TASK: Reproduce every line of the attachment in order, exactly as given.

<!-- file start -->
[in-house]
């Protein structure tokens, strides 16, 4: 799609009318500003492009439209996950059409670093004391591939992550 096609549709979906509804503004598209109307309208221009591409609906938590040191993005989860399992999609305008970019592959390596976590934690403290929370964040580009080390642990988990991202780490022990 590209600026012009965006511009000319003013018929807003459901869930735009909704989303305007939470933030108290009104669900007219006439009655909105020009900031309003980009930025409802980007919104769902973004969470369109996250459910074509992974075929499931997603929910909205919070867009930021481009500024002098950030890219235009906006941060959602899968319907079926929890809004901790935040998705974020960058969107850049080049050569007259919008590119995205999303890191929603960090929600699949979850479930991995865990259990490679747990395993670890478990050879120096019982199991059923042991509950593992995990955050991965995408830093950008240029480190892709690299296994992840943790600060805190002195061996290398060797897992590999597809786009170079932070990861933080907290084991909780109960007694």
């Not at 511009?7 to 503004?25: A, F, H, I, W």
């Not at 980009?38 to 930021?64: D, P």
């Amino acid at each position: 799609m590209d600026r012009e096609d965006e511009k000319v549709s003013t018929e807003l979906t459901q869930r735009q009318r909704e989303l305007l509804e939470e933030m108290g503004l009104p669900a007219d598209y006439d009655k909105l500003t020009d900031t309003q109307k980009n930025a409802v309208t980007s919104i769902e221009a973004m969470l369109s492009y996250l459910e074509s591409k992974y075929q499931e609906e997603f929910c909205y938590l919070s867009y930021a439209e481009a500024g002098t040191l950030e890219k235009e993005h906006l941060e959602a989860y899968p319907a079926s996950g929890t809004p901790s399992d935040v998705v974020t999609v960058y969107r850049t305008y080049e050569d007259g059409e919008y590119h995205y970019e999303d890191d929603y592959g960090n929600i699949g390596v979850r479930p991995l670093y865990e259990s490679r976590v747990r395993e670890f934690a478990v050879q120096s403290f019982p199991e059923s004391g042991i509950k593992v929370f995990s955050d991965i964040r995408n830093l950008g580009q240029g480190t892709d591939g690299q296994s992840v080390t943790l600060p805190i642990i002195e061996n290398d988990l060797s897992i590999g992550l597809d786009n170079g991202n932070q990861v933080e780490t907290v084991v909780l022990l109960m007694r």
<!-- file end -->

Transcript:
[in-house]
């Protein structure tokens, strides 16, 4: 799609009318500003492009439209996950059409670093004391591939992550 096609549709979906509804503004598209109307309208221009591409609906938590040191993005989860399992999609305008970019592959390596976590934690403290929370964040580009080390642990988990991202780490022990 590209600026012009965006511009000319003013018929807003459901869930735009909704989303305007939470933030108290009104669900007219006439009655909105020009900031309003980009930025409802980007919104769902973004969470369109996250459910074509992974075929499931997603929910909205919070867009930021481009500024002098950030890219235009906006941060959602899968319907079926929890809004901790935040998705974020960058969107850049080049050569007259919008590119995205999303890191929603960090929600699949979850479930991995865990259990490679747990395993670890478990050879120096019982199991059923042991509950593992995990955050991965995408830093950008240029480190892709690299296994992840943790600060805190002195061996290398060797897992590999597809786009170079932070990861933080907290084991909780109960007694």
């Not at 511009?7 to 503004?25: A, F, H, I, W």
């Not at 980009?38 to 930021?64: D, P």
């Amino acid at each position: 799609m590209d600026r012009e096609d965006e511009k000319v549709s003013t018929e807003l979906t459901q869930r735009q009318r909704e989303l305007l509804e939470e933030m108290g503004l009104p669900a007219d598209y006439d009655k909105l500003t020009d900031t309003q109307k980009n930025a409802v309208t980007s919104i769902e221009a973004m969470l369109s492009y996250l459910e074509s591409k992974y075929q499931e609906e997603f929910c909205y938590l919070s867009y930021a439209e481009a500024g002098t040191l950030e890219k235009e993005h906006l941060e959602a989860y899968p319907a079926s996950g929890t809004p901790s399992d935040v998705v974020t999609v960058y969107r850049t305008y080049e050569d007259g059409e919008y590119h995205y970019e999303d890191d929603y592959g960090n929600i699949g390596v979850r479930p991995l670093y865990e259990s490679r976590v747990r395993e670890f934690a478990v050879q120096s403290f019982p199991e059923s004391g042991i509950k593992v929370f995990s955050d991965i964040r995408n830093l950008g580009q240029g480190t892709d591939g690299q296994s992840v080390t943790l600060p805190i642990i002195e061996n290398d988990l060797s897992i590999g992550l597809d786009n170079g991202n932070q990861v933080e780490t907290v084991v909780l022990l109960m007694r």